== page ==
Liturgical Colour : White or Red (Martyrs)
Dear brothers and sisters in Christ, on this day all of us are called to remember the martyrdom of St. Stephen, the great first martyr of the Church, who in our first reading suffered greatly at the hands of the Sanhedrin members who opposed him and were angry that St. Stephen spoke in such a way about the truth of God that they became hostile to him and wanted to kill him, even though he really was speaking the truth. They stoned him to death for affirming what the Lord Jesus Himself had said, that He was the One sent by God and proclaimed by the prophets to be the Saviour of the whole world.
St. Stephen was only speaking the truth against the efforts of the Sanhedrin who tried very hard to silence him and accuse him, even putting forth false witnesses to implicate him with blasphemy, making false accusations and testimony that St. Stephen had blasphemed against God by his words and actions. This was exactly what they had done with the Lord Jesus as well on the night of His arrest, when they tried to blame Him with blasphemy and sentence Him to death. Thus, St. Stephen endured partly and shared in what the Lord had been suffering during His Passion and death.
St. Stephen devoted himself to the Lord, Whom in our Gospel passage today told everyone the truth about Himself, that He is the One true Bread, the Bread of Life by Whom everyone would receive life and the promise of eternal life. Those who share and partake in the Bread of Life will rejoice forever and have part in the inheritance and grace that God promised to His people, and many at that time were also skeptical or even outrightly refused to believe in the Lord.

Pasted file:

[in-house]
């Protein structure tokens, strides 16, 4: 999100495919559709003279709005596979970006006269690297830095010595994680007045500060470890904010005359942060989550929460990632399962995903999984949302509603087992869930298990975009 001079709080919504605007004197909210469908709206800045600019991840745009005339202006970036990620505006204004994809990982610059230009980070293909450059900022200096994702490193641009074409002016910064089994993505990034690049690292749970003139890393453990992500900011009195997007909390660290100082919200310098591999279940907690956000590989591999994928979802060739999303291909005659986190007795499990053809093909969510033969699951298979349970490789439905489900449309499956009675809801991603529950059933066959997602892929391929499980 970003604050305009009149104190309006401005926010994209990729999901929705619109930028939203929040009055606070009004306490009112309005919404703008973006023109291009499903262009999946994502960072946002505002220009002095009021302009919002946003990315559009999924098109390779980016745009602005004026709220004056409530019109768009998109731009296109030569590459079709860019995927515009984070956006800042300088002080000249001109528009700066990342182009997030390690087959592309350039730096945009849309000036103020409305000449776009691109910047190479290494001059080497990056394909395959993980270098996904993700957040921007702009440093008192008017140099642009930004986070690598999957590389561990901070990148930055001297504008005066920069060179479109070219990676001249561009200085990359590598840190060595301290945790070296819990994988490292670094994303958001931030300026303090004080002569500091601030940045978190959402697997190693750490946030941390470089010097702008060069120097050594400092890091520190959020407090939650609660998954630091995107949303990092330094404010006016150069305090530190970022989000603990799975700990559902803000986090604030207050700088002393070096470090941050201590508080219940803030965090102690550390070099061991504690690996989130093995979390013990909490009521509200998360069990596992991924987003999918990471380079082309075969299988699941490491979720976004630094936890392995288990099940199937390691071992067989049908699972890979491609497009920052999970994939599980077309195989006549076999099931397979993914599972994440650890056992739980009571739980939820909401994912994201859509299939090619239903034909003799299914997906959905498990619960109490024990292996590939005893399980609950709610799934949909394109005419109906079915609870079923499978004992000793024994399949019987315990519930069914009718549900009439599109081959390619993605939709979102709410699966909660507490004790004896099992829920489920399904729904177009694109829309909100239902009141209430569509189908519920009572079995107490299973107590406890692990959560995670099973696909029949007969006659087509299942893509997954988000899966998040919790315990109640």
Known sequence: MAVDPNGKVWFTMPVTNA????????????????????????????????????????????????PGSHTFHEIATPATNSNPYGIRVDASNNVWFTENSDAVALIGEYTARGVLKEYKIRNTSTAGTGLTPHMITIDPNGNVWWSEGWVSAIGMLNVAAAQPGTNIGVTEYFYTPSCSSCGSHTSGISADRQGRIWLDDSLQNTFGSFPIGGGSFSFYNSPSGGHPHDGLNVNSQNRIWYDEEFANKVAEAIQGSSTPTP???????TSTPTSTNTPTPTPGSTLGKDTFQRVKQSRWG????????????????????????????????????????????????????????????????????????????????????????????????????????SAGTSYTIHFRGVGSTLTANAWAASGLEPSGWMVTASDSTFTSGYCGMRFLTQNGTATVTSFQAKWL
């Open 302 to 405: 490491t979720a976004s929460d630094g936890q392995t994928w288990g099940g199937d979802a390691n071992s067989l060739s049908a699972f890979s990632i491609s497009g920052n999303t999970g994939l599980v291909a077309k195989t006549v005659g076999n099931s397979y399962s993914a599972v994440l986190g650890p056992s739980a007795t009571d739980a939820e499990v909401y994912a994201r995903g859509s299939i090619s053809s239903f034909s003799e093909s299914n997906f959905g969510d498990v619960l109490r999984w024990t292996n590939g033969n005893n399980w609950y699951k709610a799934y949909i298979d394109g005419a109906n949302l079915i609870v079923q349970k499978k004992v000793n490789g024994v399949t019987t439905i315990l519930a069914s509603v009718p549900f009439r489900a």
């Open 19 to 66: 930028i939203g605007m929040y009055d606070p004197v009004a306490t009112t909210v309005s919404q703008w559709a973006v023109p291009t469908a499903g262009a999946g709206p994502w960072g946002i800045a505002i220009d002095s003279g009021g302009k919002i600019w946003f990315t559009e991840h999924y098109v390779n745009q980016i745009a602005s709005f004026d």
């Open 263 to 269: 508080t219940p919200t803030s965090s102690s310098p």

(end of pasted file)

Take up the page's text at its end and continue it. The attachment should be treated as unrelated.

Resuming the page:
At the start of today’s Gospel passage we heard how the Jews questioned and doubted the Lord Jesus on the authority of His teachings and miracles, and they wanted Him to show them miraculous deeds and powers even though it was likely that many among them had witnessed those miracles earlier on. They doubted and would not believe because they had hardened their hearts and minds, refusing to admit that what the Lord had done was indeed real and authentic. Instead, they rather placed their trust in their own flawed human sense and judgment.
It was this same attitude that many among the Sanhedrin and the Pharisees had adapted as they refused to listen to St. Stephen and his words of God’s wisdom and truth, and ended up killing him in cold blood. Yet, St. Stephen remained true to his faith and dedication to the very end, not worrying even about his own life and the suffering he had to face, because he put his trust in the very Christ rejected by his persecutors and all of his enemies.